Here’s just another reason why Sen. Rand Paul, R-Ky, is right in wanting to shut down the U.S. Department of Education: Since 2000, the department’s budget has increased by 57 percent — and that’s adjusted for inflation!
A news release passed along by the Kentucky Department of Education says the Bluegrass State is about to get its first group of Teach for America (TFA) teachers. They are heading for some of our most demanding Appalachian area schools.
Who are these teachers? They are graduates from some of the nation’s most prestigious colleges who major in core academic subjects rather than education. They are competitively recruited by TFA to get the extra training they need for teaching and then commit to serve at least two years in a challenging school.
Teach for America’s web site says:
“Teach For America provides a critical source of well-trained teachers who are helping break the cycle of educational inequity. These teachers, called corps members, commit to teach for two years in one of 39 urban and rural regions across the country, going above and beyond traditional expectations to help their students to achieve at high levels.”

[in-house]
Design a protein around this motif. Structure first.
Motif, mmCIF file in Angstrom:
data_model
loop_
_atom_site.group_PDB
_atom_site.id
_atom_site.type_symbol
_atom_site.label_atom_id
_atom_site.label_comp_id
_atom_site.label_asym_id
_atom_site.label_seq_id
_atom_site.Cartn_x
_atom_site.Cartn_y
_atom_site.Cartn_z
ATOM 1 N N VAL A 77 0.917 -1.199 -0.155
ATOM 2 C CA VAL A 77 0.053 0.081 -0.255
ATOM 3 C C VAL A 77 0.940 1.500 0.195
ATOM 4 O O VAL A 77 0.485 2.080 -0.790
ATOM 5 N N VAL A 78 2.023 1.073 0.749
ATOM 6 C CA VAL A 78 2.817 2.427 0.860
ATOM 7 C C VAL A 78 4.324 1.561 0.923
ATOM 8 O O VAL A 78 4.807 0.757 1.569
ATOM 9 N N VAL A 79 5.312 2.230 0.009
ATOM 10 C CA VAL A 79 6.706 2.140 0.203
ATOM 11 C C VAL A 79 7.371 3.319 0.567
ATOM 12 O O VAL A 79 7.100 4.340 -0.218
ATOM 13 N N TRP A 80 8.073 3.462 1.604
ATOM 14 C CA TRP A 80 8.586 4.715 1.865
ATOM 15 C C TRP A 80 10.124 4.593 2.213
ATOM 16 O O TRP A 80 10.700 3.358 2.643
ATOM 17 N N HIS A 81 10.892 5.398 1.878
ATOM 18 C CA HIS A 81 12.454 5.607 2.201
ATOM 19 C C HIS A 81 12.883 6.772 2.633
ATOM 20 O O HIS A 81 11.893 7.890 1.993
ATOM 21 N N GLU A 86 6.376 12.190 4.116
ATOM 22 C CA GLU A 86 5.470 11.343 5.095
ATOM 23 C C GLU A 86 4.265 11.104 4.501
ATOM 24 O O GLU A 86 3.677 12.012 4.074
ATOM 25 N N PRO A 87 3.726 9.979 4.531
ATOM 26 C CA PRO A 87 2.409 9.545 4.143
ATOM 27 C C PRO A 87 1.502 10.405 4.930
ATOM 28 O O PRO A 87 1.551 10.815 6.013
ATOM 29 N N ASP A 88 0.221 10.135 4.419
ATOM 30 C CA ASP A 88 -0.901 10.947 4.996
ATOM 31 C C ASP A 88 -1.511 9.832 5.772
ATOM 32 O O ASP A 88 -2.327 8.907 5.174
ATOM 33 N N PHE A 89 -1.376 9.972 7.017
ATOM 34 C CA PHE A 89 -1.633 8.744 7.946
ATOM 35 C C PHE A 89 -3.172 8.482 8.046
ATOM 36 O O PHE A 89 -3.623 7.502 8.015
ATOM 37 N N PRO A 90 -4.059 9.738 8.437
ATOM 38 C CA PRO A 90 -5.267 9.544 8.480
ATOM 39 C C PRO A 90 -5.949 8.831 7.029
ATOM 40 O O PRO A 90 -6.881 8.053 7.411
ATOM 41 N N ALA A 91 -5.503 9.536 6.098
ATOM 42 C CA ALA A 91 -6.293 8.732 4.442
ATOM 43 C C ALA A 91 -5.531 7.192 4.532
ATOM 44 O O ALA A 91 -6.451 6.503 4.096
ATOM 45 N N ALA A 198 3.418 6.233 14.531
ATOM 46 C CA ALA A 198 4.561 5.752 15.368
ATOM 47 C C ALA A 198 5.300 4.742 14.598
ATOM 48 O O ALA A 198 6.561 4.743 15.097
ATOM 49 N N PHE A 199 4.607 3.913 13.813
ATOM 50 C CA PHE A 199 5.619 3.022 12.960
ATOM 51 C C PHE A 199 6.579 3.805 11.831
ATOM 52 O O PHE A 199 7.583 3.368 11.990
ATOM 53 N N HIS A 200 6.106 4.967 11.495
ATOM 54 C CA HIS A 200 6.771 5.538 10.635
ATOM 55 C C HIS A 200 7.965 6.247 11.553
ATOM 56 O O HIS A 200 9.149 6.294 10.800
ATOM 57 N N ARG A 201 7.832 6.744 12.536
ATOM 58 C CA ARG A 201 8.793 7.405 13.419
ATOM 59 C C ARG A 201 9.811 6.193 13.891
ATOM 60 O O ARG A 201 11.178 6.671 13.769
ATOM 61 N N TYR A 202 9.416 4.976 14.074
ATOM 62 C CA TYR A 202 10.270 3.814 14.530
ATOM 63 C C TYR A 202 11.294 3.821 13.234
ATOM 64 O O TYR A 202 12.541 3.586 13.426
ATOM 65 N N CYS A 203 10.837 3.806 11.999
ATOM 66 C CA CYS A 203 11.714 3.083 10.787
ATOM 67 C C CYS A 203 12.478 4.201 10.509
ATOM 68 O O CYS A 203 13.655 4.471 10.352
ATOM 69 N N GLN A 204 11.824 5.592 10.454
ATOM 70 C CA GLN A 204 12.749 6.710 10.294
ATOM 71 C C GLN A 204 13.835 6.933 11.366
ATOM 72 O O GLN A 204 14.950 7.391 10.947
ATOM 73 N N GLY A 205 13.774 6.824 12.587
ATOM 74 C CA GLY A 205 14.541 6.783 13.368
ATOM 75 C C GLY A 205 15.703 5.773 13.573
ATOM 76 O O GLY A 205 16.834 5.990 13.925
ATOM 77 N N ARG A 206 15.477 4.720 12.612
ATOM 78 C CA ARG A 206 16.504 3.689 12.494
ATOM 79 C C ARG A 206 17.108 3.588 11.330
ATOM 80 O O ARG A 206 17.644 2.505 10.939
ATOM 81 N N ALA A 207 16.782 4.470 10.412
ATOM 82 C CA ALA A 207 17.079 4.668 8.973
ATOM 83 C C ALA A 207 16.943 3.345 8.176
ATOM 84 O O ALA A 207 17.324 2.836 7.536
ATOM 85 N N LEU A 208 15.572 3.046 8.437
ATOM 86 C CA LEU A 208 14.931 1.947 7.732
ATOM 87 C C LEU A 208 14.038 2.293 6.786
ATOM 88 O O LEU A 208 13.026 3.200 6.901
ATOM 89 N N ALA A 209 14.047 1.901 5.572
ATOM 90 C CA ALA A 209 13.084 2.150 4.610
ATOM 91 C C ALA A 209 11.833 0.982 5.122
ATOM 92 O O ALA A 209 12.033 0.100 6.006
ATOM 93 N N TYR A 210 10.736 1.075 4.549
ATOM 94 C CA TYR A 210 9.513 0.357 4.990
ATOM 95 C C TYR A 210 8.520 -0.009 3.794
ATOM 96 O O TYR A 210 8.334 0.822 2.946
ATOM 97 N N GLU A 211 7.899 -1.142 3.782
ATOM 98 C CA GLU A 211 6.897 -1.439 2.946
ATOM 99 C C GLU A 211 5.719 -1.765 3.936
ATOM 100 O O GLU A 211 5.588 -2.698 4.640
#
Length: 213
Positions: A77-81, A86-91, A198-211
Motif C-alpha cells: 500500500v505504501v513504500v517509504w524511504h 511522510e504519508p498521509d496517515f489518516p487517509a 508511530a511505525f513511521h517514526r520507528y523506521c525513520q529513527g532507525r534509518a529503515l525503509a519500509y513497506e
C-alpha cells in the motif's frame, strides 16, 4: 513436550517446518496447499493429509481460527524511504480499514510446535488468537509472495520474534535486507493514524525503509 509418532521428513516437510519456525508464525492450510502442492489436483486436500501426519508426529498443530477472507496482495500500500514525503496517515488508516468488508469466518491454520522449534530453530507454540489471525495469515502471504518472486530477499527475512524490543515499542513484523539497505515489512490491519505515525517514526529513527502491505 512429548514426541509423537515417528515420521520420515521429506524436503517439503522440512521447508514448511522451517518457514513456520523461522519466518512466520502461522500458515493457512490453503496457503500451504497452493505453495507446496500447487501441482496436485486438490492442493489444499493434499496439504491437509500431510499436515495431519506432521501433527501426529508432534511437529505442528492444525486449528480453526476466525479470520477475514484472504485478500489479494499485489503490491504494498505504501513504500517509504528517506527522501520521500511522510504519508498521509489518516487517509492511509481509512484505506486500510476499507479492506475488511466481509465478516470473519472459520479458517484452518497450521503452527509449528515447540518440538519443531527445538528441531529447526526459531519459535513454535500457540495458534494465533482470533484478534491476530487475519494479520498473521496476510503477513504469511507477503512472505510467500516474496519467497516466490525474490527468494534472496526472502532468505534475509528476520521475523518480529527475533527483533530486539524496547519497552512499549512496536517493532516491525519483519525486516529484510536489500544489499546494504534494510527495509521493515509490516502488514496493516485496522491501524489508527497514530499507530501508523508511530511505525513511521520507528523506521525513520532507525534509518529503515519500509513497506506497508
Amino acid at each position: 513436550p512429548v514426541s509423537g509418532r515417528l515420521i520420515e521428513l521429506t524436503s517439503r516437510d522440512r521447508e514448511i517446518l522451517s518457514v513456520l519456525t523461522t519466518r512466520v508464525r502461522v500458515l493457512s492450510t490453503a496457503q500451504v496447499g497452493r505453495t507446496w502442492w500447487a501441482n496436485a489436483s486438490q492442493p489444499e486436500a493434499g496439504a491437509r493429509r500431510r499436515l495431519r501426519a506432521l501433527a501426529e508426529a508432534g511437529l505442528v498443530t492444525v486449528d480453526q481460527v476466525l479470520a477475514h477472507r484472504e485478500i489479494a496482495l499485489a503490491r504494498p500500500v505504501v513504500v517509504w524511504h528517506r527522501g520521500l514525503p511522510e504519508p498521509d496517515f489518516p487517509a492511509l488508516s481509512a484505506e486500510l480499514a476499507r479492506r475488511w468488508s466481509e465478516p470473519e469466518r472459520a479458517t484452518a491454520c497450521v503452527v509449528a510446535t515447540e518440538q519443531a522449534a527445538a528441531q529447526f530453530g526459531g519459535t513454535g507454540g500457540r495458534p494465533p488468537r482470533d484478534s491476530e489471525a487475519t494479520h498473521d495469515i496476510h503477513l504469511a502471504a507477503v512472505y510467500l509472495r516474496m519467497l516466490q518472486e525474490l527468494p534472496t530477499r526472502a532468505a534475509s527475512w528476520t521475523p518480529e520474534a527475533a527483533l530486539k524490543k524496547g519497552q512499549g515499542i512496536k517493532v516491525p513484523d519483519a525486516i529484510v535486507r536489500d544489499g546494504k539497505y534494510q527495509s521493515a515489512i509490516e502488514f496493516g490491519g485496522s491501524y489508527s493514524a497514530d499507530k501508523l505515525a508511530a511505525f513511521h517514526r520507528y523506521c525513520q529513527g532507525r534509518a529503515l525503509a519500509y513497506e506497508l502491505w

Outside research confirms that TFA teachers do a good job, especially in high schools.
One study by the University of North Carolina found that TFA teachers outperformed classically trained teachers from UNC in 5 out of 9 comparisons. TFA teachers matched the UNC graduates in the other four comparisons. In no case did the TFA teachers perform more poorly.
The same study shows TFA has the biggest advantage in high schools. That makes sense given the fact that TFA candidates have majored in important academic areas like math and science.
It will be interesting to see how the TFA teachers perform compared to other new teachers.
Will they match, or exceed, the performance of teachers from some of our ed schools?
Will Kentucky be able to encourage these potentially outstanding new teachers to stay on after their two-year commitments are completed?
“We have lowered our expectations to a level where getting by is considered acceptable,” wrote Hank Bond, publisher of the Greenup Beacon, in a recent column addressing problems with Kentucky’s education system.
Bond, who worked as a public relations professional with a school district for a few years, offers the close-up view of one who has witnessed the challenges of public education on a daily basis.